The Council of Palm Oil Producing Country (CPOPC) is upbeat that the prices of palm oil will recover in the second half of 2020 as the COVID-19 outbreak pushed consumption up and production down.
“Demand for palm oil is poised to recover as lockdowns across the globe begin to ease and major consumers, including China and India, are back in the market boosting purchases to replenish stocks,” CPOPC said in its latest market outlook entitled “Palm Oil Supply and Demand Half Review 2020.”
The report, a copy of which was made available to the Palm Scribe Wednesday (22/7) added that a considerable demand will also be underpinned by the implementation of biodiesel blending mandates in major palm oil producing countries, including world’s top producer, Indonesia.
It said that the B30 biodiesel mandate in Indonesia was key to palm oil price direction as it would help increase CPO prices and supply into the domestic market. It may implement B40 in 2021, adding to the positive sentiments towards the price of palm oil in 2020. The attractive CPO price discount against other edible oils was another plus factor.
CPOPC also said that total palm oil production in Indonesia and Malaysia, the two top producers which supply about 85 percent of the global market, was expected to be lower this year due to last year’s dry weather and lower fertilizer application, and current lower labor supply.
The potential of La Nina hitting in the second half of the year will further dampen any prospects of increased production, it added.
Malaysia’s CPO output is expected to stand at between 19.3 to 19.5 million tons in 2020 compared to its 2020 output of 20,0 million tons. Indonesian production, meanwhile is forecast to remain flat or increase by just one million tons to 44 million tons, CPOPC said in a related Palm Oil Supply and Demand Outlook, Report 2020.
“Gradual opening up of major markets post COVID-19 starting from June 2020 is expected to make the price outlook bullish,” CPOPC said, primarily referring to China and India.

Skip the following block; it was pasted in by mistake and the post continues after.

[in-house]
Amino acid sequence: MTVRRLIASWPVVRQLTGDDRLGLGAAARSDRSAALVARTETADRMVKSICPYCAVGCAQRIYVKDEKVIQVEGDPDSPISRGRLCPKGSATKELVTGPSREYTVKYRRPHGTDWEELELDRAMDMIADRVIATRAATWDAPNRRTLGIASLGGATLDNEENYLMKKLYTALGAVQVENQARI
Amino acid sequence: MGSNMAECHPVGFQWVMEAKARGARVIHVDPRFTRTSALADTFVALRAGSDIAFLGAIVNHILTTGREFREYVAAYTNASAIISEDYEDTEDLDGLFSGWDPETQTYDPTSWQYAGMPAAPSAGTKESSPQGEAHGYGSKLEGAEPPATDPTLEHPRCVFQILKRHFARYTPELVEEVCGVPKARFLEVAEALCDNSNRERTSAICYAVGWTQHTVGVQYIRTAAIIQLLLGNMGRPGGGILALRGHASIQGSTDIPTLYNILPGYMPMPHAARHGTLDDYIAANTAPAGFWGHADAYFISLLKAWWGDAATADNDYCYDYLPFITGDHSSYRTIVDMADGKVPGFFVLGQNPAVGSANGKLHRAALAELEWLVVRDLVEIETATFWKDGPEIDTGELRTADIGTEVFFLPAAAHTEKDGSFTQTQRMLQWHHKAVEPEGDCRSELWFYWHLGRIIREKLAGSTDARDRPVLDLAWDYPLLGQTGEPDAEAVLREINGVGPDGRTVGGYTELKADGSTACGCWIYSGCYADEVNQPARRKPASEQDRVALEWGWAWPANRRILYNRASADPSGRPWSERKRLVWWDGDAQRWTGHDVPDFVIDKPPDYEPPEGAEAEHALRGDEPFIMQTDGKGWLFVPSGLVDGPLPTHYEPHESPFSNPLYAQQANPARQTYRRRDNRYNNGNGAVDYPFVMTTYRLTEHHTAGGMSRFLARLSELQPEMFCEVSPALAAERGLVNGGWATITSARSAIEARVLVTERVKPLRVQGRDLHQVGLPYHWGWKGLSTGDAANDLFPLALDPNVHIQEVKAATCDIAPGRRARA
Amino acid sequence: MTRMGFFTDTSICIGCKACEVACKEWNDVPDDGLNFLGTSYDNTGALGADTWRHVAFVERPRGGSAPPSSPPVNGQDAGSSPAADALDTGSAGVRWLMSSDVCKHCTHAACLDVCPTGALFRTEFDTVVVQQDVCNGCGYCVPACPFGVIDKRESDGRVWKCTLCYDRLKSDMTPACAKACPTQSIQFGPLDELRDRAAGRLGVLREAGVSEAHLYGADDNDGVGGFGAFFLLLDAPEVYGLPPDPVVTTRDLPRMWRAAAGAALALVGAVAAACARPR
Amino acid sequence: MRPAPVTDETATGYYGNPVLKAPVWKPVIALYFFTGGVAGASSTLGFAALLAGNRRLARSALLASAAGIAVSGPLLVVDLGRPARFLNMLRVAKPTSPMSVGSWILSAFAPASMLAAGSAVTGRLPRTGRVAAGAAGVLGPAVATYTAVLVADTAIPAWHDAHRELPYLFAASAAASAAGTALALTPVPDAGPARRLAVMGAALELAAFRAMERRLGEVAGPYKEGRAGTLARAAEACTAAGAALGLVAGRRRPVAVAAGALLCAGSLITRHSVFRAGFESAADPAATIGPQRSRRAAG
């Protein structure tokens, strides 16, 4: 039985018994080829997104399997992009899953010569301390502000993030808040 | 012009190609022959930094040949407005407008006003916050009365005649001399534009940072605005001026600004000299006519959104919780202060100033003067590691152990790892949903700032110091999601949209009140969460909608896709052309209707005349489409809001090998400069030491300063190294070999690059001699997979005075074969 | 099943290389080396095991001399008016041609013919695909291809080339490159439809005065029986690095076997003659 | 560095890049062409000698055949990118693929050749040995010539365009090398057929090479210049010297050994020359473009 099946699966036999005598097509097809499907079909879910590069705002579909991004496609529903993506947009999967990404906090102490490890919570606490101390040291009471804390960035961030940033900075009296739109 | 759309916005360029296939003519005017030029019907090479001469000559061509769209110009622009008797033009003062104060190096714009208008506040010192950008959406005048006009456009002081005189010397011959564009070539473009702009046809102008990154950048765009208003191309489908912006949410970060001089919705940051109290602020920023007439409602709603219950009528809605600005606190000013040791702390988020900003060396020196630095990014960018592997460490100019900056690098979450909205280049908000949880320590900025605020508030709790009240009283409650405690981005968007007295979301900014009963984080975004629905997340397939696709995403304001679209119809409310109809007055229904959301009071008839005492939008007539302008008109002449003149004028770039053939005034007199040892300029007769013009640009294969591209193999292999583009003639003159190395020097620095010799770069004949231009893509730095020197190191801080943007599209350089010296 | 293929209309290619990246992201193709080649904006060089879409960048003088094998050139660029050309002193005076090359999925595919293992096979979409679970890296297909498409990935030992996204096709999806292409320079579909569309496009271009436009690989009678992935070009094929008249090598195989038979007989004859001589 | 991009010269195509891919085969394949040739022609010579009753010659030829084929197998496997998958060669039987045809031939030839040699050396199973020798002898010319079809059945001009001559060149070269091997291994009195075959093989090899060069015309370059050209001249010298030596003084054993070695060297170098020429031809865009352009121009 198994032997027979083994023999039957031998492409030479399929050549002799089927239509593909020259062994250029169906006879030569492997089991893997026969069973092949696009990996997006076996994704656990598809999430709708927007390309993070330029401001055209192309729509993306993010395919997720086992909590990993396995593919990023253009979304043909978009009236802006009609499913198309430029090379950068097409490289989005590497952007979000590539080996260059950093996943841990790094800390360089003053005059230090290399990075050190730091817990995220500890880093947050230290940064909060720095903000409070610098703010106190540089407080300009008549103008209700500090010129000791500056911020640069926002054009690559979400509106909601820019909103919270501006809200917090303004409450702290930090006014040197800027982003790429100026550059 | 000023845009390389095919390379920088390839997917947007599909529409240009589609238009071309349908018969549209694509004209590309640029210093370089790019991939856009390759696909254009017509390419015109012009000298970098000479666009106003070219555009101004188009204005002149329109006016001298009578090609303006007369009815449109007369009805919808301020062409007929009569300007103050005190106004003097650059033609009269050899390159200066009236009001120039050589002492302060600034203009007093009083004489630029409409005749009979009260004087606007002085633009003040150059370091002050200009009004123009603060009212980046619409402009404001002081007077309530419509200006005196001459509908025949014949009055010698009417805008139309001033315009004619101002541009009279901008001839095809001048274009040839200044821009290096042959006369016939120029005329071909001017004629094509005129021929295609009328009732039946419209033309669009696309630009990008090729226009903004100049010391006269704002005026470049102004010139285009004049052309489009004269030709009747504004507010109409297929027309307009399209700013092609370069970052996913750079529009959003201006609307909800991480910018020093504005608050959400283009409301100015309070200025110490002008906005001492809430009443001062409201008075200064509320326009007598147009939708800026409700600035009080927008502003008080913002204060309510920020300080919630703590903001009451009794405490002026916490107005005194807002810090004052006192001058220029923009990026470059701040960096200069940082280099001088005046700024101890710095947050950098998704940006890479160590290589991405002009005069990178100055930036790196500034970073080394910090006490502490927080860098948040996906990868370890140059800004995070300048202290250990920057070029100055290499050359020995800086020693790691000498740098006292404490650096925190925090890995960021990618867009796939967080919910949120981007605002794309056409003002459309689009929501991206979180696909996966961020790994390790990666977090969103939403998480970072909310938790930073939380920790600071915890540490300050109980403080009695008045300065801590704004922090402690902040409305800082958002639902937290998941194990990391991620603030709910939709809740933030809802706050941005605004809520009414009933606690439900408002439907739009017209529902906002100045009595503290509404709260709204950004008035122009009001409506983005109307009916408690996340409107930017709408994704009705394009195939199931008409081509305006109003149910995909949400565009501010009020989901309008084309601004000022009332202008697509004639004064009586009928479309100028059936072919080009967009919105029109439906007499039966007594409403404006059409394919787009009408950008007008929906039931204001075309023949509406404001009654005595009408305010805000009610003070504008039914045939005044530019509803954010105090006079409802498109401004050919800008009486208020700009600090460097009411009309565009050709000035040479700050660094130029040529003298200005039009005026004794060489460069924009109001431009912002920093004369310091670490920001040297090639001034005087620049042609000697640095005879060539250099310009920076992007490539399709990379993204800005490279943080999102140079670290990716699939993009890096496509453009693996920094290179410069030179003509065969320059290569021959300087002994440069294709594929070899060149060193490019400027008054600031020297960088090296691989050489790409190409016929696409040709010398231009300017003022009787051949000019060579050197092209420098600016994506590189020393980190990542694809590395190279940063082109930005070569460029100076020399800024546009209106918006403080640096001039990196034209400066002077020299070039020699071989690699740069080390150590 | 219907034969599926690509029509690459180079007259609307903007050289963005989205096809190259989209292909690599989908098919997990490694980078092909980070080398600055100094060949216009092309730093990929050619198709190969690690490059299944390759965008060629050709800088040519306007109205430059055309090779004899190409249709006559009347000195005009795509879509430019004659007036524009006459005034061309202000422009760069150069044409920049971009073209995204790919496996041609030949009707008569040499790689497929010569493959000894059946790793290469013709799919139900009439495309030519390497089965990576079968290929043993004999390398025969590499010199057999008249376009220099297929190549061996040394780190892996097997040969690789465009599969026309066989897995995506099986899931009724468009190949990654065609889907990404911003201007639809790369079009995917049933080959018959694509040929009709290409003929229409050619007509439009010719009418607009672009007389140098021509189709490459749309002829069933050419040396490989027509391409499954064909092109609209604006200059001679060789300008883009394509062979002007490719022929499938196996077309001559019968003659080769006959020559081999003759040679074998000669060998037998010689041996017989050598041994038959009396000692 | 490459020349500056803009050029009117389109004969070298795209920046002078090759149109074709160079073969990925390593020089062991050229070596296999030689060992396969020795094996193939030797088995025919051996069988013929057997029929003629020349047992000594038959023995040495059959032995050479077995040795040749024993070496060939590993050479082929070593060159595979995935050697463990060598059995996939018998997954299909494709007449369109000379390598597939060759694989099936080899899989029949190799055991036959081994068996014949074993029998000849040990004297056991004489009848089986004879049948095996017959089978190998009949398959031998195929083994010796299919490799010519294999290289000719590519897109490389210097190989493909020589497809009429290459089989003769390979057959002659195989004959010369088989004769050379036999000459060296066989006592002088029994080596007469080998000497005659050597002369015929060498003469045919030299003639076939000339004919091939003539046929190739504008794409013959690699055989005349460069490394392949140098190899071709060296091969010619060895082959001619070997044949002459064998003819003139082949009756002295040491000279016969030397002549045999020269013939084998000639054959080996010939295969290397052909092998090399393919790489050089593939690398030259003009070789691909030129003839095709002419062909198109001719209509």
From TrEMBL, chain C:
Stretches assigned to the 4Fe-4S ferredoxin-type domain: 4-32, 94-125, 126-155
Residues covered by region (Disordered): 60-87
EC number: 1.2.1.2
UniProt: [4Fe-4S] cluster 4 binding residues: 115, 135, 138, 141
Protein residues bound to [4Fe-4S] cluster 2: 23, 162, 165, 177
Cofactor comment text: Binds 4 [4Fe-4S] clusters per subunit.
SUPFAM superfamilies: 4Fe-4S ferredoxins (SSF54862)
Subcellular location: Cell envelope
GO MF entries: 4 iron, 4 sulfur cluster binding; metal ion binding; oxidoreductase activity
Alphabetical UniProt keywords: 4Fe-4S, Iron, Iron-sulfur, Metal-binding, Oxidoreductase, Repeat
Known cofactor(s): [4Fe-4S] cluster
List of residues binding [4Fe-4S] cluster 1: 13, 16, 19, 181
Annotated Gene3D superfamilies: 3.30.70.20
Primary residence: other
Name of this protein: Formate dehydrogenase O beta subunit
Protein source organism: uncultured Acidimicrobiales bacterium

In China, palm oil possesses good opportunity as the country’s soybean crushing activity and imports of rapeseed and rapeseed oil are expected to fall. Its palm oil inventory is also reported to be depleting, opening the door to more imports.
The EU demand for palm oil is also expected to improve owing to a decline in rapeseed production due to detrimental weather and lower seed crushing activities.
“It is also noteworthy to underscore the increase in oleochemical demand both for local consumption and exports,” following the COVID-19 epidemic, it added.
The industry needed more palm oil to produce hand-sanitizers and soaps, thanks to the COVID-19 outbreak. Such demand was likely to sustain until the end of the year as COVID 19 protocol remained implemented across the globe.
“There is a possibility of market rebounding given the ultra-loose monetary policies of many central bankers and governments’ stimulus packages,” CPOPC added.
“In other words, if the CPO supply is limited due to lack of fertilizer applications and extreme weathers, the biodiesel implementation will further limit the palm oil supply from both Indonesia and Malaysia, therefore, the outlook for palm oil in 2020 will be positive.”